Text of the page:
Hey, what’s going on. It’s Andrew Schubert and I want to talk to you about proper backcountry nutrition.
So when we go into the backcountry, we are completely at the mercy of our preparation and mother nature. If you are not properly preparing your food and planning out your food, when you get out there, you are going to starve. And you are going to not provide your body with the nutrition it needs for a backcountry hunt. It’s very important that we take the time to plan out every day’s worth of food that we’re going to be in there. If we’re in there for seven days, we need to plan out seven days worth of food. And then we also need extra food just in case of an emergency.
Determining Calories Needed
When we’re on a backcountry hunt, we are expending a ton of calories. When thinking about backcountry nutrition, you need to plan on at least maintenance calories and then add a couple hundred calories per day on that. Then you know that you have enough calories to keep you going. If you’re running in a calorie deficit in the backcountry, you are not going to perform and you are going to end up coming out early.
Because you are going to completely drain yourself of all energy and you will experience fatigue.
So my rule of thumb here is going to be for every ounce of food, you want to average about a hundred calories. Now this might seem like a lot, but this is something where fats are worth a lot more calories per gram than carbs and proteins. So if you’re packing a lot of food that’s rich in fats, you can get a lot more calories out of it. I’m not saying that you want to go on a Keto diet in the backcountry. I’m just saying that you want the biggest bang for your buck. Then you’re not putting a ton of weight on your back.
Prepping Your Meals
I will prep out all my food for however many days I’m going to be out there and I will separate it in its own bags. So each day, I will have a bag that I can go ahead and pick my snacks, my meals, all that stuff out of. It’s just incredibly important that we pre-plan. There’s a very fine line between saving weight and eating really bad food in the backcountry. So if you can plan it out months in advance and just be looking for foods that are extremely rich in nutrition and high-calorie foods, you’re going to do pretty well in your meal prep.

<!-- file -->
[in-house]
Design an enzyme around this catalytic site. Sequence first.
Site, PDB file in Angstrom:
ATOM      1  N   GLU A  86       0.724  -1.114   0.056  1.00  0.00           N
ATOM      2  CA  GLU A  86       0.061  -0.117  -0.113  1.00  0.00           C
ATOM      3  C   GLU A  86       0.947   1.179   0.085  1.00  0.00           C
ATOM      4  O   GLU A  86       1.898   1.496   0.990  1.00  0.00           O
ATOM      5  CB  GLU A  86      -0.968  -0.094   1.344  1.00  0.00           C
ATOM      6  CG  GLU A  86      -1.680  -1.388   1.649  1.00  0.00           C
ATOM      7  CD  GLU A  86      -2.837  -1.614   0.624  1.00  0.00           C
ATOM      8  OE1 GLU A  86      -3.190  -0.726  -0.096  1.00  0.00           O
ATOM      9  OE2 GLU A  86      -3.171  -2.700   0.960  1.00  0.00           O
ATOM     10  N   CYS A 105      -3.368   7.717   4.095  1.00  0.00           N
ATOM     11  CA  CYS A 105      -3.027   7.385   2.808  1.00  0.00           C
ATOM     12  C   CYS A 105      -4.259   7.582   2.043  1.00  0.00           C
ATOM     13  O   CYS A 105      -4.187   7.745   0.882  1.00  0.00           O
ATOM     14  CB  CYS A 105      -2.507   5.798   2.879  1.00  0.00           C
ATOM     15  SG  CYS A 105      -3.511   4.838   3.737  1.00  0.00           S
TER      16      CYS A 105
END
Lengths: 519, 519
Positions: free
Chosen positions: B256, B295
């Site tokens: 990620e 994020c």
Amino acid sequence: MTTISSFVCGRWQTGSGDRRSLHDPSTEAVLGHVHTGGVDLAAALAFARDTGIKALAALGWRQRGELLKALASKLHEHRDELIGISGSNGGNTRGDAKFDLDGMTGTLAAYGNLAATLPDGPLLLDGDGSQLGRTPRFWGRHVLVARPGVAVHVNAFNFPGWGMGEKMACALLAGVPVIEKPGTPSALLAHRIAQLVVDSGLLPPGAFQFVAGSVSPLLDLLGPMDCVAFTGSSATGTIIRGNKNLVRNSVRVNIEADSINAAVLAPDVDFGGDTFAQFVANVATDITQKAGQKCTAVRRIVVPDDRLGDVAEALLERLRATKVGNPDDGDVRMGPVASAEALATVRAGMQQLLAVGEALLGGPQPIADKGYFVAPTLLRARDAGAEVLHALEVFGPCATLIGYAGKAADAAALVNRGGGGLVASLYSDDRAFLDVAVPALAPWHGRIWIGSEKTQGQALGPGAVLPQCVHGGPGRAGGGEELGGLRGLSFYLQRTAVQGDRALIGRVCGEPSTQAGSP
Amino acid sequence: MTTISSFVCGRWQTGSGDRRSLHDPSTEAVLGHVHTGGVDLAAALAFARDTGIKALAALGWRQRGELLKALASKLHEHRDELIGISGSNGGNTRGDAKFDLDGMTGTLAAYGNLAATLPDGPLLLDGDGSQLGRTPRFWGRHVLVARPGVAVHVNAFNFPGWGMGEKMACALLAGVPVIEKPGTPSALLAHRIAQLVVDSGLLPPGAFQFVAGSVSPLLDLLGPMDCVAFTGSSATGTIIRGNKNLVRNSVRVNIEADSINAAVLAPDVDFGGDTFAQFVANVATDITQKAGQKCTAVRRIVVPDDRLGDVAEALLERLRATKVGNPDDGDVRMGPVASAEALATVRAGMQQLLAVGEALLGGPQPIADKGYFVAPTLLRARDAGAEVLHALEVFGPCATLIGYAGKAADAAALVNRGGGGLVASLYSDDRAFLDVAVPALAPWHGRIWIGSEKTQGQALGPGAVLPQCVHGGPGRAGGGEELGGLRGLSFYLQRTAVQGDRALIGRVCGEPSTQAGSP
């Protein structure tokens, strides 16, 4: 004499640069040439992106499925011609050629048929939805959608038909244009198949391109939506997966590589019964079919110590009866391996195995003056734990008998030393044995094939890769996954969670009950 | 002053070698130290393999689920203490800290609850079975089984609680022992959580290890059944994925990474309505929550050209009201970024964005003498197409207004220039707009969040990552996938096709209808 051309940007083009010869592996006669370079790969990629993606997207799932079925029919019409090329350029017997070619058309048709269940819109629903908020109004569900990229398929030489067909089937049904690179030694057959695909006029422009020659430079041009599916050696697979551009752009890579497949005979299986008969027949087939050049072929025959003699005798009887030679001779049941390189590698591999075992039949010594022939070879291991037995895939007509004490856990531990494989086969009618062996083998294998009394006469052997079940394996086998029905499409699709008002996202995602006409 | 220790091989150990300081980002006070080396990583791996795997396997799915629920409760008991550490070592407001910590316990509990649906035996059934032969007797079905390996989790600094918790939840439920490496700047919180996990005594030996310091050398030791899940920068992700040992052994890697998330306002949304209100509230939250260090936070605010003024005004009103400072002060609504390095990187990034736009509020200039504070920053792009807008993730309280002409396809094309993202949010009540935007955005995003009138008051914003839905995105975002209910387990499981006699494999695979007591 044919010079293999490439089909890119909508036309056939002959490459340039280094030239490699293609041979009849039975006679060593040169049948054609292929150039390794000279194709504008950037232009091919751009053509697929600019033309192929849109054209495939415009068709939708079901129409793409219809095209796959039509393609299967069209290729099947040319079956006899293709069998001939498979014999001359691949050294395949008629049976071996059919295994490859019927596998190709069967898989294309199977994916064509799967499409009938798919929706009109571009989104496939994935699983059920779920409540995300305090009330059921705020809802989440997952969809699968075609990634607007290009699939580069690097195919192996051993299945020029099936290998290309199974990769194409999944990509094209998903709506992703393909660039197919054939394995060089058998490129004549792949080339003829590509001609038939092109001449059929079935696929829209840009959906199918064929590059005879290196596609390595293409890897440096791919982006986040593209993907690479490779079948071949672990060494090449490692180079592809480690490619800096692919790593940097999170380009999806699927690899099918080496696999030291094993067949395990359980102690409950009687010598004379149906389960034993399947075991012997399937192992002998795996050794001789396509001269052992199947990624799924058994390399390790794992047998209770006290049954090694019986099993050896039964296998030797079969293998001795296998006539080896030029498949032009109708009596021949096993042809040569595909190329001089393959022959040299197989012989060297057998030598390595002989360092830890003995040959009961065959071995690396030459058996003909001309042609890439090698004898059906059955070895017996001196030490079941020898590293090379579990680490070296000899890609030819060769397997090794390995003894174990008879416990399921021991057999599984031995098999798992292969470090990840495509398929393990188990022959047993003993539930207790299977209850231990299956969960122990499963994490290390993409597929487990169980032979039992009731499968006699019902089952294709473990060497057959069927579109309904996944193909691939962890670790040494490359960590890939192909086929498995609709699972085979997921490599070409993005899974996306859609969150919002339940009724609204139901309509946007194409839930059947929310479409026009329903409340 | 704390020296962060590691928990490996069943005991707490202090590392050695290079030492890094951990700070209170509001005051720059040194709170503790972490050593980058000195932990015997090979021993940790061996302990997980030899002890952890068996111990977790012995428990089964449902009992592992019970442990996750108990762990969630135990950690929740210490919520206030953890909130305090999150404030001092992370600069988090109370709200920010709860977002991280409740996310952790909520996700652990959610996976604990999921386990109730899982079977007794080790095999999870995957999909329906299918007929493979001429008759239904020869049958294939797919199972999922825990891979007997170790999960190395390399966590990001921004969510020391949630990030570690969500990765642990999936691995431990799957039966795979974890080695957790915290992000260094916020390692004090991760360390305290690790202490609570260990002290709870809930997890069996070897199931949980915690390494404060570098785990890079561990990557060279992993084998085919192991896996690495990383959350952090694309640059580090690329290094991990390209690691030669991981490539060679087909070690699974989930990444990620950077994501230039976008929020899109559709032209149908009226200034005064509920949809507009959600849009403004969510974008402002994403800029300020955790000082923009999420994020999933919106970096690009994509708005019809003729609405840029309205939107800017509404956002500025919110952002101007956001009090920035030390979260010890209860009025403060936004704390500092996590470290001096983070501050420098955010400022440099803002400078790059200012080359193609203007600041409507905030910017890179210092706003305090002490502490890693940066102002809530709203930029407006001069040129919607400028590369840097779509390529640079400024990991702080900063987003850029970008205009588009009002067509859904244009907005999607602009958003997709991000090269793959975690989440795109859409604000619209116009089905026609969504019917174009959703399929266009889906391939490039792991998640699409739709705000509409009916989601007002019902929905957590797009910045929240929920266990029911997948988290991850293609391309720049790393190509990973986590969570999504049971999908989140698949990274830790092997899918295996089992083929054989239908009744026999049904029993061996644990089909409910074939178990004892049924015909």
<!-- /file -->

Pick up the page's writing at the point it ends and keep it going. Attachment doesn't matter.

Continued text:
There’s plenty of different companies out there that provide meals geared toward backcountry nutrition. Freeze-dried meals, different kinds of granola bars, health bars, and power bars. All of those are very rich in different macros and high in calories. So those are a very solid choice for the backcountry.
I also like to bring simple tuna packs, different high protein sources, different jerky, different sources of meat, while I’m in the backcountry. But the more prepared the food can be and the higher in calories it can be, the better. Another snack – my must have snack – the thing I cannot go in the back country without is Gummy Bears. I go to Costco and I get my gummy bears at Costco. And that is just a very delicious snack, a satisfying snack, and it gives you a good bump of carbs when you’re starting to feel tired. And then different protein and granola bars – power bars are key to just helping keep your calories up.
I hope this helps. Just please prep! It’s all in the preparation. It’s all in the pre-planning and the preparation to make sure that your backcountry nutrition is taken care of. If you start to feel fatigued and you’re not keeping up, I would start eating the meals from the next day and get your calories up and plan on coming out a day or two early. It’s going to be worth it to come out early, because you’re eating your food too fast, rather than trying to just ride that fine-line and experiencing fatigue and creating an emergency situation.
Always pay attention to your body, always listen to your body and always give yourself enough calories and enough fuel in the backcountry to keep going safely.